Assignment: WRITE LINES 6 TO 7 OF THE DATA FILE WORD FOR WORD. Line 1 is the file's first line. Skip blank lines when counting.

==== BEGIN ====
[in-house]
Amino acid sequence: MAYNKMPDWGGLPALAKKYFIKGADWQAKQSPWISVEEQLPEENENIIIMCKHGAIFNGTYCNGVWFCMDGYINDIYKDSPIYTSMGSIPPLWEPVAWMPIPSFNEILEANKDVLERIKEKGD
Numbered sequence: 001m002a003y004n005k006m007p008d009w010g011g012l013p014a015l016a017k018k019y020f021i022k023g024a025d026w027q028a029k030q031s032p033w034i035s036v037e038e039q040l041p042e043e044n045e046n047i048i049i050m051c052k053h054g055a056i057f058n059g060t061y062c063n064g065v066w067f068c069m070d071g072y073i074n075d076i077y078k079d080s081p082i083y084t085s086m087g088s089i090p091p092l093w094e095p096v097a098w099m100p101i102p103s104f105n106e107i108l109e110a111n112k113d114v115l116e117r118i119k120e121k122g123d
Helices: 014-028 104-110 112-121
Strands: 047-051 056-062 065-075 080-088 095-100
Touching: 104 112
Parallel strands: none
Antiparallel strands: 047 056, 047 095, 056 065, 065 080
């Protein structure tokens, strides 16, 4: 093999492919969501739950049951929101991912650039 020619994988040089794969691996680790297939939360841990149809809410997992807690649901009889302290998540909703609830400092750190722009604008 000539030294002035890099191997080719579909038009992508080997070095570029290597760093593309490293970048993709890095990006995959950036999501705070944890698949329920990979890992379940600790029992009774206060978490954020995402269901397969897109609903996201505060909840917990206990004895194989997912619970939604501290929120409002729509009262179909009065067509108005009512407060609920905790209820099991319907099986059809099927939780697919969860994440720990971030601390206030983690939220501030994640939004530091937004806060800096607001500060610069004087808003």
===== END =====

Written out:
Touching: 104 112
Parallel strands: none